The Lemon-Garlic Vinaigrette  

A 1-to-2 acid-to-oil ratio is typical for vinaigrettes, although a 1-to-1½ ratio produces a brighter flavor and lower calories. In this salad dressing recipe, use 3/4 cup of oil for every 1/2 cup of acid like vinegar or lemon juice.  

Yes! Garlic possesses antibacterial, antiviral, antifungal, and antiparasitic effects. Garlic lowers blood pressure, cholesterol, and boosts the immune system, too.  

Olive oil is primarily monounsaturated. Reducing inflammation, heart disease, stroke, and cancer risk are its health benefits. Some research suggests it may protect the brain and relieve Alzheimer's symptoms.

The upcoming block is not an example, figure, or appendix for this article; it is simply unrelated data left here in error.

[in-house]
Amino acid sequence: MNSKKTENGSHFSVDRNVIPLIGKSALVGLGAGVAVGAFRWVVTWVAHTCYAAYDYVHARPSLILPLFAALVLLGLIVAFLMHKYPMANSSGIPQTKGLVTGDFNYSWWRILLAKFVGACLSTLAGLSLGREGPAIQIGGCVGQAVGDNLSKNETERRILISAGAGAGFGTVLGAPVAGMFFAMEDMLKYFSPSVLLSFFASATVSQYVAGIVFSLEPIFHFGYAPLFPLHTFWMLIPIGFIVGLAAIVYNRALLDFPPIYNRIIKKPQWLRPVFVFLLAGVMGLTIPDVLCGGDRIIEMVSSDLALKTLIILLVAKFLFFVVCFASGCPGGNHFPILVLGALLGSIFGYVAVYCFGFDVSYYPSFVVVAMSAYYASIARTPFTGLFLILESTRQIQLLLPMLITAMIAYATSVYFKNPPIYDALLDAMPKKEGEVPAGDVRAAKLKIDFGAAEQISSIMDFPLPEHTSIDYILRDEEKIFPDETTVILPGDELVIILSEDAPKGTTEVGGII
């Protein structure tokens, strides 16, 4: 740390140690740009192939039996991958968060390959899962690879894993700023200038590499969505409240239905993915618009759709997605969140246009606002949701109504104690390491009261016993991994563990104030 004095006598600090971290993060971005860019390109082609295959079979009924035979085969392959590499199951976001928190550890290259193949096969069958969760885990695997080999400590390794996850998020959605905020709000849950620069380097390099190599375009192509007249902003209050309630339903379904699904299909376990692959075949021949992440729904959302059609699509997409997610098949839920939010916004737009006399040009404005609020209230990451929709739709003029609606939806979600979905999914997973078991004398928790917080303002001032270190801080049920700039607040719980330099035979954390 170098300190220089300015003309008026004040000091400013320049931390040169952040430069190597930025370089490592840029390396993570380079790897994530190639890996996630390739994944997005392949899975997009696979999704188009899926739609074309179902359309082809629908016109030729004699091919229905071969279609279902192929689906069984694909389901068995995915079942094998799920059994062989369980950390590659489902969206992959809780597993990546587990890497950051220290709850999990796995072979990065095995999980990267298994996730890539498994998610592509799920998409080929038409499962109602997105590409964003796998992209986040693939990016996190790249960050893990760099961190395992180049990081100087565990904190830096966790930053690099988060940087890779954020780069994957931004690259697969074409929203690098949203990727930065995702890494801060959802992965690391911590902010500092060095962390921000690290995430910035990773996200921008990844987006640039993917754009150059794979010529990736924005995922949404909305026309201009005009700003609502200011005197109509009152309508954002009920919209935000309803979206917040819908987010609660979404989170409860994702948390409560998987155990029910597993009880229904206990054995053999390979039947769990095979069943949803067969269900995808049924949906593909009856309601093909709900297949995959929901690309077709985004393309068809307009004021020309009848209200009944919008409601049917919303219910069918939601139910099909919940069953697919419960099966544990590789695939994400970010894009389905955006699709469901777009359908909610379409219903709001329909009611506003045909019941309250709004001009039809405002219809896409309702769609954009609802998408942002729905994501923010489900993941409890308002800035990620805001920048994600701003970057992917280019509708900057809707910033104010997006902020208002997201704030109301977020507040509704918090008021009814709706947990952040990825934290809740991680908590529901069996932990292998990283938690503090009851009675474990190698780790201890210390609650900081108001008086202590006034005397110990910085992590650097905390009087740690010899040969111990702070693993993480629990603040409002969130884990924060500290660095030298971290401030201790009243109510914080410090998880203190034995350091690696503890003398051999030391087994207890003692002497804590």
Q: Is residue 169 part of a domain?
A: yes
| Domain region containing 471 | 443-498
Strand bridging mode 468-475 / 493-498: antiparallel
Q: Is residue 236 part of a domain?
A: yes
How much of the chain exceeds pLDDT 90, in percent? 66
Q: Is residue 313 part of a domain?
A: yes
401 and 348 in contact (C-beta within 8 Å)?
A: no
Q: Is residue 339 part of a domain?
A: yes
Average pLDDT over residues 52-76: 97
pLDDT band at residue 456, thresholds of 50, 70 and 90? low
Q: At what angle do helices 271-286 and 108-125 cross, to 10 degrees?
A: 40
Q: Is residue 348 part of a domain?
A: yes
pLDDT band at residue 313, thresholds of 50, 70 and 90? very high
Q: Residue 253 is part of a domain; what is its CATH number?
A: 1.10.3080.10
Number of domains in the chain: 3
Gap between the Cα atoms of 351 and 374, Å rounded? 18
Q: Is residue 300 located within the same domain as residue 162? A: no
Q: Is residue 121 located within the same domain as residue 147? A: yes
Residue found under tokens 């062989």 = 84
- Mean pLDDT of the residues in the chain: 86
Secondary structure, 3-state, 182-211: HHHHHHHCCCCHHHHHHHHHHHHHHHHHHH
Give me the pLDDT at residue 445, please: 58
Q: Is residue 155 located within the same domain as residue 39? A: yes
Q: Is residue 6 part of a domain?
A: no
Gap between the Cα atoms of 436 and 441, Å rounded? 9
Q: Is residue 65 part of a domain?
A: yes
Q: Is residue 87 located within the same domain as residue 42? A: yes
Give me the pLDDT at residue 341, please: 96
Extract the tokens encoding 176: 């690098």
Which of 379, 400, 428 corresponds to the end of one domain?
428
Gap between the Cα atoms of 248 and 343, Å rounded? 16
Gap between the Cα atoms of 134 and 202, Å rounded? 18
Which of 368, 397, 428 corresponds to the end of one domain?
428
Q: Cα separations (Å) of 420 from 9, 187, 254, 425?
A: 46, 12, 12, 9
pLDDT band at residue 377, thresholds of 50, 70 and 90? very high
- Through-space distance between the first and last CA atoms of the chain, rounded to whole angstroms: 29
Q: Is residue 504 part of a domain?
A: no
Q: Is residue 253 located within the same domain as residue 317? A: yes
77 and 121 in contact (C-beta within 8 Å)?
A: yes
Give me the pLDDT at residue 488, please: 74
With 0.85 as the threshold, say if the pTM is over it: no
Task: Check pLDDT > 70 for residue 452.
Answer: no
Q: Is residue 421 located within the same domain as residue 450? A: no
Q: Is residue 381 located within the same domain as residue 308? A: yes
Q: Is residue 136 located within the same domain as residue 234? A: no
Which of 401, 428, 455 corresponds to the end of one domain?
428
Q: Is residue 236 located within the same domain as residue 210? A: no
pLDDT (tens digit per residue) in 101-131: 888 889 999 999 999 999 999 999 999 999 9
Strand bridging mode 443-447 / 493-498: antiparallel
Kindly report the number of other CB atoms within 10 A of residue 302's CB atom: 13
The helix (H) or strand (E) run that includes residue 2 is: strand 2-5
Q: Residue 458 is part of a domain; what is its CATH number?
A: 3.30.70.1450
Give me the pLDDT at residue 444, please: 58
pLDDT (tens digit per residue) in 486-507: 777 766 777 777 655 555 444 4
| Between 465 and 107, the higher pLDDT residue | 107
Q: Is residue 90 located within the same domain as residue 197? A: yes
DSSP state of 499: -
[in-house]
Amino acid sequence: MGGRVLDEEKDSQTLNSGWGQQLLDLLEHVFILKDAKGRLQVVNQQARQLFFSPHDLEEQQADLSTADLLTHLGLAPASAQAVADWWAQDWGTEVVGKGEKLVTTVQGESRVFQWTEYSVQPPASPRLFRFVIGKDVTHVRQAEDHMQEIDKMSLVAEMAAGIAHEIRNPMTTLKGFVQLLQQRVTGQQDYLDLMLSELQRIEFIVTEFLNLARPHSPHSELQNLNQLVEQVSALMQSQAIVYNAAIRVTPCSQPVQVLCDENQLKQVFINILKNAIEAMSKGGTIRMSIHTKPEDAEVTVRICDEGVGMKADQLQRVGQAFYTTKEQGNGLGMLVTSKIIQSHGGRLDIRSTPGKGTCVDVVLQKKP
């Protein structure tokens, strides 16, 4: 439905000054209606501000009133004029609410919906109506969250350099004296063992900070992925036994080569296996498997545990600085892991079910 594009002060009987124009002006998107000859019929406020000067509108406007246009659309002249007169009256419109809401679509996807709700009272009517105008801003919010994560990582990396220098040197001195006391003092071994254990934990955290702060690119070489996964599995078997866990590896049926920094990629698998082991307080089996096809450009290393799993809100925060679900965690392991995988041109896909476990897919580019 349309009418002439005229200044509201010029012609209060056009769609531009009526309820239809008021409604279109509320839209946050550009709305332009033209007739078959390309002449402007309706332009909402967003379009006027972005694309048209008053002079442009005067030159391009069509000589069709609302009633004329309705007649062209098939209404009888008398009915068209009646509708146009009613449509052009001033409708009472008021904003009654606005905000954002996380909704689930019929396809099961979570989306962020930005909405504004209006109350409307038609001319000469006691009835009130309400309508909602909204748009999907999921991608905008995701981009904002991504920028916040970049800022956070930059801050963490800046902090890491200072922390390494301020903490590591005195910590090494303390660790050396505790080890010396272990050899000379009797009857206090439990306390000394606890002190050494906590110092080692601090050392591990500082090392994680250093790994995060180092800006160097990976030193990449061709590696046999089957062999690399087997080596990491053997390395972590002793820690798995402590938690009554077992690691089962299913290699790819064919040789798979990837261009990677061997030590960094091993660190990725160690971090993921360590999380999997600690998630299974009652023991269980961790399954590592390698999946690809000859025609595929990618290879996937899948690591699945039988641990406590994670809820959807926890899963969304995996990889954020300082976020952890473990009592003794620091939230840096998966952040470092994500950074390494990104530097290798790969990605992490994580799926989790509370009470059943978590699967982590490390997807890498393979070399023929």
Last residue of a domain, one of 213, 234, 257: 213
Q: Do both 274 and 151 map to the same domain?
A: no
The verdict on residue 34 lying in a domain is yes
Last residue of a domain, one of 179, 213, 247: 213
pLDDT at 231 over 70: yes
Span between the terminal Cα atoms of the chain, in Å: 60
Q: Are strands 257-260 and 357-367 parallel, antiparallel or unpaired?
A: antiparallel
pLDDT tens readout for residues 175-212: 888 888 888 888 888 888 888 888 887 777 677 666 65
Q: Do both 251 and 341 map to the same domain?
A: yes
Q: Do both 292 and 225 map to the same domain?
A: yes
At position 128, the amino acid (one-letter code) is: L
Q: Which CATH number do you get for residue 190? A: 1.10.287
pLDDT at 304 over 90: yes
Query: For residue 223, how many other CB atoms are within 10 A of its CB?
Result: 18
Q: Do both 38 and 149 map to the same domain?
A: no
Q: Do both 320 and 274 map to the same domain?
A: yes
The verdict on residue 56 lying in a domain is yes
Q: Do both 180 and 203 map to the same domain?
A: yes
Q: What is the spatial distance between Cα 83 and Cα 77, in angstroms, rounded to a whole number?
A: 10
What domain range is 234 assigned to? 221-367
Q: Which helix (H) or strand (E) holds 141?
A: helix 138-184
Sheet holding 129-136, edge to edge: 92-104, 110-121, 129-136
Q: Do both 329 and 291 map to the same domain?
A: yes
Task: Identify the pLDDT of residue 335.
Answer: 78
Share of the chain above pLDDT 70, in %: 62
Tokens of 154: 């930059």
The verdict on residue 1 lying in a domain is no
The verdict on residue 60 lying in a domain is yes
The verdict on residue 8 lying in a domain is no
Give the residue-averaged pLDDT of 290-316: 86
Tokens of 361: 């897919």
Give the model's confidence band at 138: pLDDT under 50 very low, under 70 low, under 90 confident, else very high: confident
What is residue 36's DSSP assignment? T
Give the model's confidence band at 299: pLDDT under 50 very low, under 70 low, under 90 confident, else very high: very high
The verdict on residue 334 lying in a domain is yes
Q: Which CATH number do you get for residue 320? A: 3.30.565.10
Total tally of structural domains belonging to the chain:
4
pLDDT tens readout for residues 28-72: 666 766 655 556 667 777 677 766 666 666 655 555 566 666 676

An ideal vinaigrette is smooth and tart. Red-wine vinegar and lemon juice add tang.   

Lemon juice adds tang and brightness, while red-wine vinegar adds acidity. Although a 1-to-2 acid-to-oil ratio is typical for vinaigrettes, a 1-to-1½ ratio offers a brighter flavor and fewer calories.  

Using a jar with a tight top, you may create and store vinaigrettes easily. Shake all the ingredients in a container to produce vinaigrette.   

Shaking the dressing emulsifies the acid and oil into a homogeneous mixture ready to coat greens, roasted potatoes, or anything else you want to brighten up.  

Yes! Vinaigrette can be refrigerated for a week. It separates while sitting, so shake again before serving.  

Can Eating More Protein Help You Lose Weight? Here's What the Science Says

Read More